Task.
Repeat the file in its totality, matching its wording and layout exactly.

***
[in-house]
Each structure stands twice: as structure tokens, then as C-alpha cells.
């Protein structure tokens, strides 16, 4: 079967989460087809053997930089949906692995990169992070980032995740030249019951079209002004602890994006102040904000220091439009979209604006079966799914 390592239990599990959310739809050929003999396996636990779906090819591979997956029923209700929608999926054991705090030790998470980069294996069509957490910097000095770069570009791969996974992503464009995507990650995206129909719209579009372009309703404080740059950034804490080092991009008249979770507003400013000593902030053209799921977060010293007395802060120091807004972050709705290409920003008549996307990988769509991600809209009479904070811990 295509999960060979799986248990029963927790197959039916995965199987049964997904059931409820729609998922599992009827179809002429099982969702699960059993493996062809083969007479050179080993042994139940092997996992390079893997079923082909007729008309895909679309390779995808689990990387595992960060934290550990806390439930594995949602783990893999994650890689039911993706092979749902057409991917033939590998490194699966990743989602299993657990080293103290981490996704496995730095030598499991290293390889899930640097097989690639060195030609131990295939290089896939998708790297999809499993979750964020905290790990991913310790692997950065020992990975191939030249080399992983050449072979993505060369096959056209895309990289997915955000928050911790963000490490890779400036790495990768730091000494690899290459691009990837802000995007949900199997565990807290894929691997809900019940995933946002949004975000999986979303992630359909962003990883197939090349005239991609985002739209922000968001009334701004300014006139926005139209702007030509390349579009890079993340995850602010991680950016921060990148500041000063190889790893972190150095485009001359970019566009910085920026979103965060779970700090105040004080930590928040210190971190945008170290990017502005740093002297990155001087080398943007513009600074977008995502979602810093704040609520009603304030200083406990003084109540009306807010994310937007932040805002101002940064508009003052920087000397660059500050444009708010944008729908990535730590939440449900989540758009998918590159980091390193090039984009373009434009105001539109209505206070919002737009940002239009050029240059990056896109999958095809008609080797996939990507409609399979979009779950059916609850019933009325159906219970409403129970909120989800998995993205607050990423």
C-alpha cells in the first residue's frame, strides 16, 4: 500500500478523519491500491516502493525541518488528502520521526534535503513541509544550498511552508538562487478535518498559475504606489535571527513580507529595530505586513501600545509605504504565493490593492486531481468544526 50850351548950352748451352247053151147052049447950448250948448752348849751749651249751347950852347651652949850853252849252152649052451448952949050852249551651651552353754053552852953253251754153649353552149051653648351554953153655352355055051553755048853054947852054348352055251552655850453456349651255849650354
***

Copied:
[in-house]
Each structure stands twice: as structure tokens, then as C-alpha cells.
């Protein structure tokens, strides 16, 4: 079967989460087809053997930089949906692995990169992070980032995740030249019951079209002004602890994006102040904000220091439009979209604006079966799914 390592239990599990959310739809050929003999396996636990779906090819591979997956029923209700929608999926054991705090030790998470980069294996069509957490910097000095770069570009791969996974992503464009995507990650995206129909719209579009372009309703404080740059950034804490080092991009008249979770507003400013000593902030053209799921977060010293007395802060120091807004972050709705290409920003008549996307990988769509991600809209009479904070811990 295509999960060979799986248990029963927790197959039916995965199987049964997904059931409820729609998922599992009827179809002429099982969702699960059993493996062809083969007479050179080993042994139940092997996992390079893997079923082909007729008309895909679309390779995808689990990387595992960060934290550990806390439930594995949602783990893999994650890689039911993706092979749902057409991917033939590998490194699966990743989602299993657990080293103290981490996704496995730095030598499991290293390889899930640097097989690639060195030609131990295939290089896939998708790297999809499993979750964020905290790990991913310790692997950065020992990975191939030249080399992983050449072979993505060369096959056209895309990289997915955000928050911790963000490490890779400036790495990768730091000494690899290459691009990837802000995007949900199997565990807290894929691997809900019940995933946002949004975000999986979303992630359909962003990883197939090349005239991609985002739209922000968001009334701004300014006139926005139209702007030509390349579009890079993340995850602010991680950016921060990148500041000063190889790893972190150095485009001359970019566009910085920026979103965060779970700090105040004080930590928040210190971190945008170290990017502005740093002297990155001087080398943007513009600074977008995502979602810093704040609520009603304030200083406990003084109540009306807010994310937007932040805002101002940064508009003052920087000397660059500050444009708010944008729908990535730590939440449900989540758009998918590159980091390193090039984009373009434009105001539109209505206070919002737009940002239009050029240059990056896109999958095809008609080797996939990507409609399979979009779950059916609850019933009325159906219970409403129970909120989800998995993205607050990423």
C-alpha cells in the first residue's frame, strides 16, 4: 500500500478523519491500491516502493525541518488528502520521526534535503513541509544550498511552508538562487478535518498559475504606489535571527513580507529595530505586513501600545509605504504565493490593492486531481468544526 50850351548950352748451352247053151147052049447950448250948448752348849751749651249751347950852347651652949850853252849252152649052451448952949050852249551651651552353754053552852953253251754153649353552149051653648351554953153655352355055051553755048853054947852054348352055251552655850453456349651255849650354